Slip op. at 3-4. After execution of the PSA, the parties performed their individual obligations under the PSA except for Wife’s waiver of Husband’s pension benefits because PMRS advised Husband he could not change the benefit option nor select a different person as joint annuitant. In accordance with the terms of the PSA, the parties executed a proposed QDRO (“a domestic relations order that creates, recognizes, or assigns to an alternate payee the right to receive all or a portion of the benefits payable to a participant under a pension plan subject to the Employee Retirement Income Security Act (ERISA),” Slip op. at 17) which was entered by the trial court. A praecipe to transmit the record to the court for entry of the decree was filed, however the trial court denied the request based on Husband’s improper service and instructed the parties to file a new praecipe. The day after the trial court’s order, the Husband committed suicide.
The Wife’s 401(k) share was transferred to Husband but PMRS ruled that the PSA did not affect its obligations to pay the Husband’s pension benefits to Wife. Husband’s estate and Jeffrey Benyo (Husband’s brother who represented the estate) filed a complaint against Wife requesting the court order Wife to place all PMRS funds into escrow pending resolution of the case, declare the PSA enforceable, find that Wife breached the PSA in failing to transfer PMRS payments to Jeffrey, and order Wife to transfer future payments to Jeffrey. Wife alleged the PSA was unenforceable and the QDRO was invalid because the transfer of ERISA-exempt pension payments received from the plan administrator of the MPPL to the estate of the late spouse violates the MPPL’s anti-alienation provisions, when the MPPL specifically prohibits “transfer” of its payments and further prohibits the payments from being subject to “legal process” The trial court ruled in favor of Husband’s Estate and Jeffrey but provided that as long as Wife paid PMRS funds she received and complied with forwarding future payments, Husband’s estate was prohibited from registering judgment on the verdict.
Before conclusion of Wife’s appeal, Wife died and Wife’s estate failed to follow orders of the court. Husband’s estate requested that the Superior Court adopt the findings and conclusions of the trial court. Superior Court affirmed the trial court’s order, holding that Pennsylvania law allows the assignment of Wife’s interest to a third party for the survivor annuity, in accordance with Superior Court’s recent and comparable decision in In re Estate of Easterday, 171 A.3d 911 (Pa. Super. 2017), explaining:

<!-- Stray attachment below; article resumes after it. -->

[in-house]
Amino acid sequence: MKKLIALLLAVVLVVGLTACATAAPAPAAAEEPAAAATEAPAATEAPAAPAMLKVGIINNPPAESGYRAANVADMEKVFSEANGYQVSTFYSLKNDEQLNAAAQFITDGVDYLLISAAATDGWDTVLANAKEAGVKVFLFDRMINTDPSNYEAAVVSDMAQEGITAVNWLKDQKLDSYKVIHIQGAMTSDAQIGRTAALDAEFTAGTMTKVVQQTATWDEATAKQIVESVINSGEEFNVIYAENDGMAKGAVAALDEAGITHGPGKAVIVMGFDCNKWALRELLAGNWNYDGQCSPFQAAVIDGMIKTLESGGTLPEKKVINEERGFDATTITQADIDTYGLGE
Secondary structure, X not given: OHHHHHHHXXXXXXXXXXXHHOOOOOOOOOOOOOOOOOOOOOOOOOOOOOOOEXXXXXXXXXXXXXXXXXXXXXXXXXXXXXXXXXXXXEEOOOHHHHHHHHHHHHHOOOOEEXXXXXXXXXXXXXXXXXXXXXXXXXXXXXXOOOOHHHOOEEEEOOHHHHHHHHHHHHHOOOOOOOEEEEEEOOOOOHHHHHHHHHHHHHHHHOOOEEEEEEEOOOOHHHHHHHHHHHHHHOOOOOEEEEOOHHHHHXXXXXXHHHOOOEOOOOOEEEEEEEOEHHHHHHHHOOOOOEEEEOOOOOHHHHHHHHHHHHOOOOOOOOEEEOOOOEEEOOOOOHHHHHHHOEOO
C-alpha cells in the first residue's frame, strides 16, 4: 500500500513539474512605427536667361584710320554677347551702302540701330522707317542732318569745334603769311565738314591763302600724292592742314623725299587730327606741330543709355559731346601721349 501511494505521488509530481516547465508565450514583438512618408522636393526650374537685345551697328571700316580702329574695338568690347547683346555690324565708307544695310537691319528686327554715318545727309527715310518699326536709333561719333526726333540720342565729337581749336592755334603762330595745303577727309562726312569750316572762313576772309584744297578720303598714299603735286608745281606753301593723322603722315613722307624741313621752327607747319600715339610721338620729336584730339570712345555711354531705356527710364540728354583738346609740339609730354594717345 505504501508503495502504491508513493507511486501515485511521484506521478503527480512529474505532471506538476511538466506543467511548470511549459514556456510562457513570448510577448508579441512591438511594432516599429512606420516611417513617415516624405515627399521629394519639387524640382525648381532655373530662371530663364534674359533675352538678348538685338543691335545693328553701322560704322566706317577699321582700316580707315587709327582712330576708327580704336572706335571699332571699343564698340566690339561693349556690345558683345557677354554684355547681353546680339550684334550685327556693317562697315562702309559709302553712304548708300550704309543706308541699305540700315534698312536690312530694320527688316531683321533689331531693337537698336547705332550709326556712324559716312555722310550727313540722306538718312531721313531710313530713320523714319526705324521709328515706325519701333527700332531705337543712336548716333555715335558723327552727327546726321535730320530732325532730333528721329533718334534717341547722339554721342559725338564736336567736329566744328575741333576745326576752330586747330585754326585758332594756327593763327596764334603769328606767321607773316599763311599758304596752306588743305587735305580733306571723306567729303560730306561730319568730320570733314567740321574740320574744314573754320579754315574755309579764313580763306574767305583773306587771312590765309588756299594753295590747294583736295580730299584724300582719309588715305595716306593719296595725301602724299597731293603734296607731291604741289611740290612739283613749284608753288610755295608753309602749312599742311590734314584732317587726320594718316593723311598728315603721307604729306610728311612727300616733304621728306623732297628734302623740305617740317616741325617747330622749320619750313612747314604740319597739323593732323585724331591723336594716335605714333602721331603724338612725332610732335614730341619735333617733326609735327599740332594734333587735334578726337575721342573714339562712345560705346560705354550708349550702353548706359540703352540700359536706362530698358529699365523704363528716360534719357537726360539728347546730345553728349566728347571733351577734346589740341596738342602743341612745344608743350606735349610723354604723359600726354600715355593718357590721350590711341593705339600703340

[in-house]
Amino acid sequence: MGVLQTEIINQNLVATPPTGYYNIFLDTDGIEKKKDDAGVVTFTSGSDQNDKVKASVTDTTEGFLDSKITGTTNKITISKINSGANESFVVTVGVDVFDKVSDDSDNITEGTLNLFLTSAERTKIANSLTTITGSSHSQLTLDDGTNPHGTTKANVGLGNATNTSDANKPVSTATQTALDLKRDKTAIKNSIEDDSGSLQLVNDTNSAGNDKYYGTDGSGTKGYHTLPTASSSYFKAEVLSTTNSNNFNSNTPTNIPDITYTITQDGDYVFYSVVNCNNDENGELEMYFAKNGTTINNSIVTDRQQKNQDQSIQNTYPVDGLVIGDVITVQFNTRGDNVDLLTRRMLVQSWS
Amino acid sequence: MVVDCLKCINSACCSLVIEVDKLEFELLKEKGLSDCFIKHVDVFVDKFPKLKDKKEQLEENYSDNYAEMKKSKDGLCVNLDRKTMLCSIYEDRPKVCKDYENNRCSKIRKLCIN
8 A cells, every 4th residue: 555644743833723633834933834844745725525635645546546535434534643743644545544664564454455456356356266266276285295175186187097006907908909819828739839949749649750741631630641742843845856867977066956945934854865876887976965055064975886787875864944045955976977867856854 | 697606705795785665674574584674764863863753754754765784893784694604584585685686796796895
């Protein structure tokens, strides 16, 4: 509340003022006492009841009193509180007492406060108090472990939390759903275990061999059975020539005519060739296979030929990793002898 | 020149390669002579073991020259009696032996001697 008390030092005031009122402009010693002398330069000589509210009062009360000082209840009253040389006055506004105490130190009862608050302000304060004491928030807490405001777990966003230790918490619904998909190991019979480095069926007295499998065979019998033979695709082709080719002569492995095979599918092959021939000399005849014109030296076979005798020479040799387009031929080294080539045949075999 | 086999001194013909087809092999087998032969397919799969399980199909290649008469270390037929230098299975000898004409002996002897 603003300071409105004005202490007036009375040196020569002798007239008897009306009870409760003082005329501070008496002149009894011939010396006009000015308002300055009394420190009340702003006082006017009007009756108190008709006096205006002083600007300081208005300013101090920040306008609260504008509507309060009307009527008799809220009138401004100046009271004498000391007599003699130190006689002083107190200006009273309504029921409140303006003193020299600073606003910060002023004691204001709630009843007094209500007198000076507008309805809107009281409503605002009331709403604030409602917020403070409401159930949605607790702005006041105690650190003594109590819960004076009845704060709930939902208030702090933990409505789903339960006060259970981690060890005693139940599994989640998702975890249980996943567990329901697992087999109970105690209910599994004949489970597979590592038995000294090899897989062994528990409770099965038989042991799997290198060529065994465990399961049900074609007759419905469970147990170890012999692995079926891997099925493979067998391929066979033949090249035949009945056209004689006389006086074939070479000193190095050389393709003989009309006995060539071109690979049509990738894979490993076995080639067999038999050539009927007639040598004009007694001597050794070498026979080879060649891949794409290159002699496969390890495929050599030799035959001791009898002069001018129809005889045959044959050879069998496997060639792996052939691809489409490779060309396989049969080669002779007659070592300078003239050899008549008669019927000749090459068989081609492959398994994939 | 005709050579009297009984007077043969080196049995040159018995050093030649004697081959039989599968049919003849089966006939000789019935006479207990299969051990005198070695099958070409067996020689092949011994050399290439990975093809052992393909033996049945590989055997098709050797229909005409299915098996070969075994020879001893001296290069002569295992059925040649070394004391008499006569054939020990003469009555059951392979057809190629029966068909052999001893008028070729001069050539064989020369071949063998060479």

In that case, the spouses also entered into an agreement to waive their rights to each other’s pensions, but the husband died before his beneficiary was changed and before grounds for divorce were established and a decree entered. Under ERISA, the payments could not be made to anyone other than the beneficiary designated in the retirement plan documents. To enforce the parties’ agreement, therefore, the trial court ordered the wife to pay to decedent’s estate all of the pension benefits she received from the plan. This Court affirmed, holding that, while ERISA removed the court’s ability to require the retirement plan administrators to directly pay funds to a third party, it could enforce the parties’ property settlement agreement by ordering the wife to turn over to the husband’s estate all proceeds she had received, as well as any future proceeds she was entitled to receive. Id. at 920.
Thus, pursuant to the law cited above, the trial court in the case sub judice did not circumvent any illegality by ordering Wife to comply with the PSA by remitting payments she received from PMRS to Jeffrey Benyo after she received them.
Slip op. at 24-25.
The Supreme Court granted allocatur to consider:
Whether, similar to In re: Estate of Easterday, 171 A.3d 91 (Pa. Super. 2017), affirmed 209 A.3d 331 (Pa. 2019), a Superior Court affirmed order requiring a beneficiary to “transfer” ERISA-exempt pension payments received from the plan administrator of the Pa. Municipal Police Pension Law (hereafter MPPL) to the estate of the late spouse violates the MPPL’s anti-alienation provisions, when the MPPL specifically prohibits “transfer” of its payments and further prohibits the payments from being subject to “legal process” thereby being a case of first impression and of such public (and governmental) importance as to require Supreme Court action?
As part of the courts’ ongoing Covid 19 response, the Supreme Court will hear oral argument in this case via video conference: www.pacourts.us/courts/supreme-court/may-2020-supreme-court-session.